“If you don’t teach the algorithm with a diverse set of images, then that algorithm won’t work out in the public that is diverse,” writes Adamson in a study he co-wrote with Smith (according to a story in The Atlantic). “So there’s risk, then, for people with skin of color to fall through the cracks.”

Tragically, Smith’s wife was diagnosed with melanoma too late and paid the ultimate price for it. And she was not an anomaly—though the disease is more common for White patients, Black cancer patients are far more likely to be diagnosed at later stages, causing a notable disparity in survival rates between non-Hispanics whites (90%) and non-Hispanic blacks (66%).

As a computer scientist, Smith suspected this racial bias and reached out to Adamson, hoping a Black dermatologist would have more diverse data sets. Though Adamson didn’t have what Smith was initially looking for, this realization ignited a personal mission to investigate and reduce disparities.

Now, Adamson uses the knowledge gained through his years of research to help advance the fight for health equity. To him, that means not only gaining a wider array of data sets, but also having more conversations with patients to understand how socioeconomic status impacts the level and efficiency of care.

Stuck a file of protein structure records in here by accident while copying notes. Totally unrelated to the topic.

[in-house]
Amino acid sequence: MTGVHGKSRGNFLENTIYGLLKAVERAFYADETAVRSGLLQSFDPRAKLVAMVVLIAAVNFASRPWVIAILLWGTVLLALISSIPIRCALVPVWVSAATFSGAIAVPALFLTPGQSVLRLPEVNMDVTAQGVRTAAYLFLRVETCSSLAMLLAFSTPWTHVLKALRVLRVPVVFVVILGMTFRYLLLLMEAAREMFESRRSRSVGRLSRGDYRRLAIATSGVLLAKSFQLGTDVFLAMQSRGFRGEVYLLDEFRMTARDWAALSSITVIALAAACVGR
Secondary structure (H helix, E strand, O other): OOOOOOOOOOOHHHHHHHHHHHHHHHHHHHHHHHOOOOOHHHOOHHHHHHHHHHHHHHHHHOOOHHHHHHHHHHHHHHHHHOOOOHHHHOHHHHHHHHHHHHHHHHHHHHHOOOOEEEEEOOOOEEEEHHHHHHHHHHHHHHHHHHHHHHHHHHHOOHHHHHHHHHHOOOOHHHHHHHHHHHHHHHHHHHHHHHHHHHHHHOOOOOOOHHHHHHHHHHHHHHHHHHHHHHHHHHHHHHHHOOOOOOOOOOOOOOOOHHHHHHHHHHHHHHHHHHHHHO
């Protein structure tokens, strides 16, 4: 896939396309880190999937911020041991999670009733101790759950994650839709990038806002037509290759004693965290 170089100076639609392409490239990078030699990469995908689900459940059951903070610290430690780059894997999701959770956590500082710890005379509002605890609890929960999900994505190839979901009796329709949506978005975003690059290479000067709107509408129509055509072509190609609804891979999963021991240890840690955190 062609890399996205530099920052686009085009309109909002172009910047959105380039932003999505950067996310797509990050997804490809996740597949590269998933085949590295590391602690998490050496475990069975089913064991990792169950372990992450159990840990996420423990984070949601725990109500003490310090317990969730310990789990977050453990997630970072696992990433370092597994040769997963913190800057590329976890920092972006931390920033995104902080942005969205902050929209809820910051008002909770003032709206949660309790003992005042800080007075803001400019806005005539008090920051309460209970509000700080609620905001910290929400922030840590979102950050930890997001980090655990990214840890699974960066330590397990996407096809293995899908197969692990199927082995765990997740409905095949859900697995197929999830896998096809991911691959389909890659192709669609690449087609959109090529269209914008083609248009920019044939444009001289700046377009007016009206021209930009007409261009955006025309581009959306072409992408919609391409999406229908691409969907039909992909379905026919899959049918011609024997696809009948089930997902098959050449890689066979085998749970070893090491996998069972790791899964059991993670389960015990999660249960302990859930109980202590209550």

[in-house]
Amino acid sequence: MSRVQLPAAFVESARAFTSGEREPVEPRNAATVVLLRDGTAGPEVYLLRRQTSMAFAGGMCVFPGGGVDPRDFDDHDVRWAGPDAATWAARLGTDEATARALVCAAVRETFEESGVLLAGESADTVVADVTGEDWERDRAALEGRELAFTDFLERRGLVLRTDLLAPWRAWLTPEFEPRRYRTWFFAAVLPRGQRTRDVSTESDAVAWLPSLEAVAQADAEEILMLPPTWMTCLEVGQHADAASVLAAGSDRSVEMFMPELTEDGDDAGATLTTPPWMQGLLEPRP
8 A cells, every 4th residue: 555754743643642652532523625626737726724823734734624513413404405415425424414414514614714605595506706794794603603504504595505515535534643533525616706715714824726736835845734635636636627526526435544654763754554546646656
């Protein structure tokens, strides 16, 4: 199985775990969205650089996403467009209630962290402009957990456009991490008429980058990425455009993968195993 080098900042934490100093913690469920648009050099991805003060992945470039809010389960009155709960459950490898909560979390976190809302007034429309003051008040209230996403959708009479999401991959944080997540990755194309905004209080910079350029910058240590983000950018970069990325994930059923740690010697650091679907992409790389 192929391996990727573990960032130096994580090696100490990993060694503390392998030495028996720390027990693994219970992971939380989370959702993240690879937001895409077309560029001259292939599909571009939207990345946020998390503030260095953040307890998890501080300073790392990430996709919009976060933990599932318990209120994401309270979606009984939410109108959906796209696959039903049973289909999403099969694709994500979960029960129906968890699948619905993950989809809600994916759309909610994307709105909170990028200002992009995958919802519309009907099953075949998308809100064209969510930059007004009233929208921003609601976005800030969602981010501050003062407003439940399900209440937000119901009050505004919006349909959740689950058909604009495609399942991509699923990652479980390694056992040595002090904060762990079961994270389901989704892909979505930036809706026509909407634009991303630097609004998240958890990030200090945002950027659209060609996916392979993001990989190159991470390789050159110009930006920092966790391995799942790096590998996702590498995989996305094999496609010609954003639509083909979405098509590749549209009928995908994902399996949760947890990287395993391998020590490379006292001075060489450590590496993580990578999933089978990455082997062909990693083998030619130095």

“At the end of the day, what matters most is how we help patients at the patient level,” Adamson told Upworthy. “And how can you do that without knowing exactly what barriers they face?”

american cancer society, skin cacner treatment"What matters most is how we help patients at the patient level."https://www.kellydavidsonstudio.com/

The American Cancer Society believes everyone deserves a fair and just opportunity to prevent, find, treat, and survive cancer—regardless of how much money they make, the color of their skin, their sexual orientation, gender identity, their disability status, or where they live. Inclusive tools and resources on the Health Equity section of their website can be found here. For more information about skin cancer, visit cancer.org/skincancer.

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When I was younger I used to think I was dying or that I would get kidnapped by a random stranger, but I kept it to myself because I thought something was wrong with me. I thought that telling people would confirm this fear, so I kept it inside my entire life until I was an adult and learned it was part of ADHD and other disorders, such as OCD and PTSD. But it doesn't have to be part of a disorder at all—a vast amount of people just have intrusive thoughts, and a Twitter user, Laura Gastón, is trying to normalize them for others.

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via Lewis Speaks Sr. / Facebook

This article originally appeared on 02.25.21


Middle school has to be the most insecure time in a person's life. Kids in their early teens are incredibly cruel and will make fun of each other for not having the right shoes, listening to the right music, or having the right hairstyle.

As if the social pressure wasn't enough, a child that age has to deal with the intensely awkward psychological and biological changes of puberty at the same time.

Jason Smith, the principal of Stonybrook Intermediate and Middle School in Warren Township, Indiana, had a young student sent to his office recently, and his ability to understand his feelings made all the difference.